Bob Bradway, Amgen CEO (Scott Eisen/Bloomberg via Getty Images)

Am­gen bel­lies back up to the M&A ta­ble for an­oth­er biotech buy­out, this time with a $2.5B deal for an an­ti­body play­er fo­cused on PS­MA

Five months after Amgen CEO Bob Bradway stepped up to the M&A table and acquired Five Prime for $1.9 billion, following up with the smaller Rodeo acquisition, he’s gone back in for another biotech buyout.

This time around, Amgen is paying $900 million cash while committing up to $1.6 billion in milestones to bag the privately held Teneobio, an antibody drug developer that has expertise in developing new bispecifics and multispecifics. In addition, Amgen cited Teneobio’s “T-cell engager platform, which expands on Amgen’s existing leadership position in bispecific T-cell engagers by providing a differentiated, but complementary, approach to Amgen’s current BiTE platform.”

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Art Levinson (Calico)

Google-backed Cal­i­co dou­bles down on an­ti-ag­ing R&D pact with Ab­b­Vie as part­ners ante up $1B, start to de­tail drug tar­gets

Seven years after striking up a major R&D alliance, AbbVie and Google-backed anti-aging specialist Calico are doubling down on their work with a joint, $1 billion commitment to continuing their work together. And they’re also beginning to offer some details on where this project is taking them in the clinic.

According to their statement, each of the two players is putting up $500 million more to keep the labs humming.

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Mer­ck­'s wom­en's health spin­out snags mid-stage can­di­date for preterm birth; Keytru­da nails down TNBC ap­proval af­ter March CRL

Nearly two months after spinning out from Merck, women’s health business Organon has struck its first half-billion-dollar deal.

Organon $OGN has promised $25 million upfront and another $475 million in biobucks for worldwide rights to ebopiprant, ObsEva’s investigational treatment for preterm labor. Ebopiprant, a selective prostaglandin F2α (PGF2α) receptor antagonist, was originally licensed from Merck KGaA in 2015. The candidate works by reducing inflammation and uterine contractions.

Busi­ness­es and schools can man­date the use of Covid-19 vac­cines un­der EUAs, DOJ says

As public and private companies stare down the reality of the Delta variant, many are now requiring that their employees or students be vaccinated against Covid-19 prior to attending school or to returning or starting a new job. Claims that such mandates are illegal or cannot be used for vaccines under emergency use authorizations have now been dismissed.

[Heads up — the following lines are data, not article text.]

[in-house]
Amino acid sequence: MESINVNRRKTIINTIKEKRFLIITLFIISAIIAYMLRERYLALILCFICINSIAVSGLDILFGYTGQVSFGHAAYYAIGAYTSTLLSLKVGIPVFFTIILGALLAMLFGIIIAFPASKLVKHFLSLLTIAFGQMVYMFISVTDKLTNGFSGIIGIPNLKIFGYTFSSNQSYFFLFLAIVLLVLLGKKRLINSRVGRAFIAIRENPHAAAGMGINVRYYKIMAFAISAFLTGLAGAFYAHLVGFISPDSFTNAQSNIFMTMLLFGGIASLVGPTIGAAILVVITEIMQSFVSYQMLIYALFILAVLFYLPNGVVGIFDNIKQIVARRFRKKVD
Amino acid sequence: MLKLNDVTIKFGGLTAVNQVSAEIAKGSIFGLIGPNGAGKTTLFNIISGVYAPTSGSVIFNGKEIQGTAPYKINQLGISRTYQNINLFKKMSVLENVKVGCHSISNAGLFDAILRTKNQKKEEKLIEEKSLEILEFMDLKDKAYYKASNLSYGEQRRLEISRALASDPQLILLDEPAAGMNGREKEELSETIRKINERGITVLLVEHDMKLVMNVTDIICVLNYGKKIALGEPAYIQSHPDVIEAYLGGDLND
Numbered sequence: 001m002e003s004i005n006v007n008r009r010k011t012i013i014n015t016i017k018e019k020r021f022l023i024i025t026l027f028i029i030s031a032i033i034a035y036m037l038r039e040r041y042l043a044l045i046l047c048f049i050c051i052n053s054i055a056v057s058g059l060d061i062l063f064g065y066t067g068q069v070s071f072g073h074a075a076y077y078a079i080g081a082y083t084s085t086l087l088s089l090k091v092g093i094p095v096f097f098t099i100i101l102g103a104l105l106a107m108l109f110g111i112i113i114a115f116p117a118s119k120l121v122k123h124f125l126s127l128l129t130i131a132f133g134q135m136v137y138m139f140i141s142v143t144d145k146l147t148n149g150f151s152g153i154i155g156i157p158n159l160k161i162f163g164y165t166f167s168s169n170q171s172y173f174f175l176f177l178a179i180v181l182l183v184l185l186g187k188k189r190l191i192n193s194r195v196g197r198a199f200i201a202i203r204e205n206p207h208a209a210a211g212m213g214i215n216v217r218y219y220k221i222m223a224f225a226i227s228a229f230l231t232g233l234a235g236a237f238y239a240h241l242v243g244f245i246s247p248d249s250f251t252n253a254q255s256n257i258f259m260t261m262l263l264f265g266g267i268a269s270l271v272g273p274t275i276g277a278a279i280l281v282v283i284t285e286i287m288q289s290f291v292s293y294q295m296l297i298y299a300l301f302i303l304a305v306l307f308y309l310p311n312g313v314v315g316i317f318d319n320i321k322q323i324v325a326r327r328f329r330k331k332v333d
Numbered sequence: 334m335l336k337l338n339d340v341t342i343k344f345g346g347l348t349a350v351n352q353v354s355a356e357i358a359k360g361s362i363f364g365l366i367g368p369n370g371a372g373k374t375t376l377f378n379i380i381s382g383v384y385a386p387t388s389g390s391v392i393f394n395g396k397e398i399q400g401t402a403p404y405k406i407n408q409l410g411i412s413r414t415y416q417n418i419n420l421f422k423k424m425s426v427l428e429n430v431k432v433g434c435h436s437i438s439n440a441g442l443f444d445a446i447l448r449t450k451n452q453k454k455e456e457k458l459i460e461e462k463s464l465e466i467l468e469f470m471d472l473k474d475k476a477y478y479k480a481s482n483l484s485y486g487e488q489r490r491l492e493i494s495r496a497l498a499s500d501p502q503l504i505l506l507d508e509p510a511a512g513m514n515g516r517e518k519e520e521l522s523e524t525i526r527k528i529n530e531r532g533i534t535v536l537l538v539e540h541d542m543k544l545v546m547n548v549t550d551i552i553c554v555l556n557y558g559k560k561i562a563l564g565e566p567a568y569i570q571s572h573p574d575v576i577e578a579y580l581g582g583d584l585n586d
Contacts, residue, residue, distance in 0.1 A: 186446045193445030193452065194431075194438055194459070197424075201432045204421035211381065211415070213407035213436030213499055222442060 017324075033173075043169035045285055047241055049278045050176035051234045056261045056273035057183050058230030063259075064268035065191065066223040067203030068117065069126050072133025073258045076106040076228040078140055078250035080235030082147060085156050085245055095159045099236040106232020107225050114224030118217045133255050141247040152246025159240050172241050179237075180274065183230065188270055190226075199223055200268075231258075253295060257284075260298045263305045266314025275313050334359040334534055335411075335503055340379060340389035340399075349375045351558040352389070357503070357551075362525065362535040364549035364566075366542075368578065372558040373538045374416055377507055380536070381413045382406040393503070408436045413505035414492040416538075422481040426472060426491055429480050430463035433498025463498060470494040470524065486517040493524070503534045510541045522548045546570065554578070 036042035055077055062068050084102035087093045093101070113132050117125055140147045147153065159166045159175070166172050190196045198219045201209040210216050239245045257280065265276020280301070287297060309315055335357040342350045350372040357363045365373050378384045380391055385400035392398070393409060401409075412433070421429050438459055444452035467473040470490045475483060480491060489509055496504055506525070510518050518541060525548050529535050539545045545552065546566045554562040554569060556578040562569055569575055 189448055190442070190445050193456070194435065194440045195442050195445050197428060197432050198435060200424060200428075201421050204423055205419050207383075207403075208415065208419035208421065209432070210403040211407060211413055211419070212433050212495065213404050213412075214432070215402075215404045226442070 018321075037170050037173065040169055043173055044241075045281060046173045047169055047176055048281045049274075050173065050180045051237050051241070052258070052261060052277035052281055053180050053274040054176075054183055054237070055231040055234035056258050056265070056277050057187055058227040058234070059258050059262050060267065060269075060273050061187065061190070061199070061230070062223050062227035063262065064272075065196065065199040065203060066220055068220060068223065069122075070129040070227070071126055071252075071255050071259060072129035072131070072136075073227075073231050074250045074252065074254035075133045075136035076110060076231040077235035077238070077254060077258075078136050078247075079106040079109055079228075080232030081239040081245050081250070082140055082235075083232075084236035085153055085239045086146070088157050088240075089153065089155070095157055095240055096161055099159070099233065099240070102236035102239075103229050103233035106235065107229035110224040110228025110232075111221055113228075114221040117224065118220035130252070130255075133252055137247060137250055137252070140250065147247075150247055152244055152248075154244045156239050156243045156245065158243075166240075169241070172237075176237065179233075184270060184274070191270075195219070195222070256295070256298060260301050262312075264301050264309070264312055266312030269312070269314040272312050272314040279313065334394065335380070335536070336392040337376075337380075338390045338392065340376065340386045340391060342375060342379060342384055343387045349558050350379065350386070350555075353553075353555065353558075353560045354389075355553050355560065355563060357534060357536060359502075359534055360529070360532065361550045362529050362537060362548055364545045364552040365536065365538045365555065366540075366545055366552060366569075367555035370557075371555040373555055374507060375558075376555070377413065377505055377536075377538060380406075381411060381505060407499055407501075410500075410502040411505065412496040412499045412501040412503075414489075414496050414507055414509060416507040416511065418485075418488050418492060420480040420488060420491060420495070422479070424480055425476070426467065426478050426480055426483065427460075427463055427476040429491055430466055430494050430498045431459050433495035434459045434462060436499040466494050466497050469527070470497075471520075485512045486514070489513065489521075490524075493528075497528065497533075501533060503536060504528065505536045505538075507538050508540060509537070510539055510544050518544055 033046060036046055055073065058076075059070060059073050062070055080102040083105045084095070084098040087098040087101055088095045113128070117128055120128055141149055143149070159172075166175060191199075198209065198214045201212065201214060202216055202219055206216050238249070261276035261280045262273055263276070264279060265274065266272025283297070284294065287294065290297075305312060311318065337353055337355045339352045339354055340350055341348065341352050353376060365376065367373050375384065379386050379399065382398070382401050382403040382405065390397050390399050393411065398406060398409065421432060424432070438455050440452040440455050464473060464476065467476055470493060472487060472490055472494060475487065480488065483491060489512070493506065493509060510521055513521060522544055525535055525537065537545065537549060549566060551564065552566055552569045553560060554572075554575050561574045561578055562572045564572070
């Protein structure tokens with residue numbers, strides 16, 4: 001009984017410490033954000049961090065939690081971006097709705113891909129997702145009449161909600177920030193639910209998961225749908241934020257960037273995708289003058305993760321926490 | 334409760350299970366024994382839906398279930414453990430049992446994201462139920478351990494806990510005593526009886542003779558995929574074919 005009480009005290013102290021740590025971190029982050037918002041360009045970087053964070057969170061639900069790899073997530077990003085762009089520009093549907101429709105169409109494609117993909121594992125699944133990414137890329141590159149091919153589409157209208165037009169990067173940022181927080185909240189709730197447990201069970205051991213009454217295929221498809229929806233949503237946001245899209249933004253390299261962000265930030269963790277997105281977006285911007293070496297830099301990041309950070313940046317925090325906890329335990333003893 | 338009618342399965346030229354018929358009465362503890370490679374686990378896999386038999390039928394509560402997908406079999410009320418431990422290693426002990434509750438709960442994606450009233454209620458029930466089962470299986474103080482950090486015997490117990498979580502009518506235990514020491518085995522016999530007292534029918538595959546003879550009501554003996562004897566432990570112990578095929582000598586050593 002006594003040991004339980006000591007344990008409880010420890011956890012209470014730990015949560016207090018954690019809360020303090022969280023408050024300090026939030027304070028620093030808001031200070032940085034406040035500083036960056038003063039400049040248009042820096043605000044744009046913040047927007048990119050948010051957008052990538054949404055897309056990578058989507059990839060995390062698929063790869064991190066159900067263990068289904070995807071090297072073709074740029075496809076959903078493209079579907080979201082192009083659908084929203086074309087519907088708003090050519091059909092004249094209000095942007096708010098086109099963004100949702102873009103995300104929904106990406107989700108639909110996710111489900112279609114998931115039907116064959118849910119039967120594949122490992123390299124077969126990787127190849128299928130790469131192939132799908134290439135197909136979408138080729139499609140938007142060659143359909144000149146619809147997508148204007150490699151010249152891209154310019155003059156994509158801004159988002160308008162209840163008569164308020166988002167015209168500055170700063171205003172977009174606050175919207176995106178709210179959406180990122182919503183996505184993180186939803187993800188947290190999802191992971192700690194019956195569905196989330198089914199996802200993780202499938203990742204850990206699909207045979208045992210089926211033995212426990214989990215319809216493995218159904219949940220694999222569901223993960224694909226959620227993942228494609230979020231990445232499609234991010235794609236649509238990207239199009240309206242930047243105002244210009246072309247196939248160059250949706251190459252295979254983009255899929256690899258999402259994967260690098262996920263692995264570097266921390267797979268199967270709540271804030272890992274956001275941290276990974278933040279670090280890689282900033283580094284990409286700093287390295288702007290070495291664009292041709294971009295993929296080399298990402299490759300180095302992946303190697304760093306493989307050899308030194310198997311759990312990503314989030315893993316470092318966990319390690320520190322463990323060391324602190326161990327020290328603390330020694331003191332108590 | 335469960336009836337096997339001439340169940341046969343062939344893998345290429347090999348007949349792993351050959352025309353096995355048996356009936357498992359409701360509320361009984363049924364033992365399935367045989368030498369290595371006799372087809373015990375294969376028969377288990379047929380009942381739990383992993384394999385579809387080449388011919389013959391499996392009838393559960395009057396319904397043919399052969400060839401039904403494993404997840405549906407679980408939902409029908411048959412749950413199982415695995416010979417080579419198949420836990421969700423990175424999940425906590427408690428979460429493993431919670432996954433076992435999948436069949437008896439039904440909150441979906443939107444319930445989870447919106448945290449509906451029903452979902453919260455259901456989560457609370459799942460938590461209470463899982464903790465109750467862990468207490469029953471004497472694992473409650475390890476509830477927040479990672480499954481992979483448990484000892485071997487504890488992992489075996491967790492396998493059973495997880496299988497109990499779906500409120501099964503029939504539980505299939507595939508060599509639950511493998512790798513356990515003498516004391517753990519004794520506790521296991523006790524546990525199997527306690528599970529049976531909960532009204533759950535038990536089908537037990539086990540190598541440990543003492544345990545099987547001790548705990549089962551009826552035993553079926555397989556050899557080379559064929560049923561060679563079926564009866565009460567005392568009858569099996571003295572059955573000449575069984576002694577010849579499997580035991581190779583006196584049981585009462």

Setting the record straight, the Department of Justice on Monday called the mandates legal in a new memo, even when used for people with vaccines that remain subject to EUAs.

No­var­tis reshuf­fles its wild cards; Tough sell for Bio­gen? Googling pro­teins; Ken Fra­zier's new gig; and more

Welcome back to Endpoints Weekly, your review of the week’s top biopharma headlines. Want this in your inbox every Saturday morning? Current Endpoints readers can visit their reader profile to add Endpoints Weekly. New to Endpoints? Sign up here.

If you enjoy the People section in this report, you may also want to check out Peer Review, my colleagues Alex Hoffman and Kathy Wong’s comprehensive compilation of comings and goings in biopharma.

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Frank Pallone (Kevin Dietsch/Pool via AP Images)

House com­mit­tee seeks more from FDA on in­spec­tion back­log, when to restart work on for­eign sites

House Energy & Commerce committee leaders are raising fresh questions about the FDA’s ability to conduct foreign manufacturing site inspections and bring down its growing backlog.

“While we understand that the emergence of COVID-19 required the agency to suspend in-person inspection activities temporarily, we remain concerned that more than one year into the pandemic, the strategy for resuming all inspections and addressing the backlog of delayed inspections remains unclear,” E&C chair Frank Pallone (D-NJ) and a group of five other bipartisan leaders of the committee wrote to FDA acting commissioner Janet Woodcock.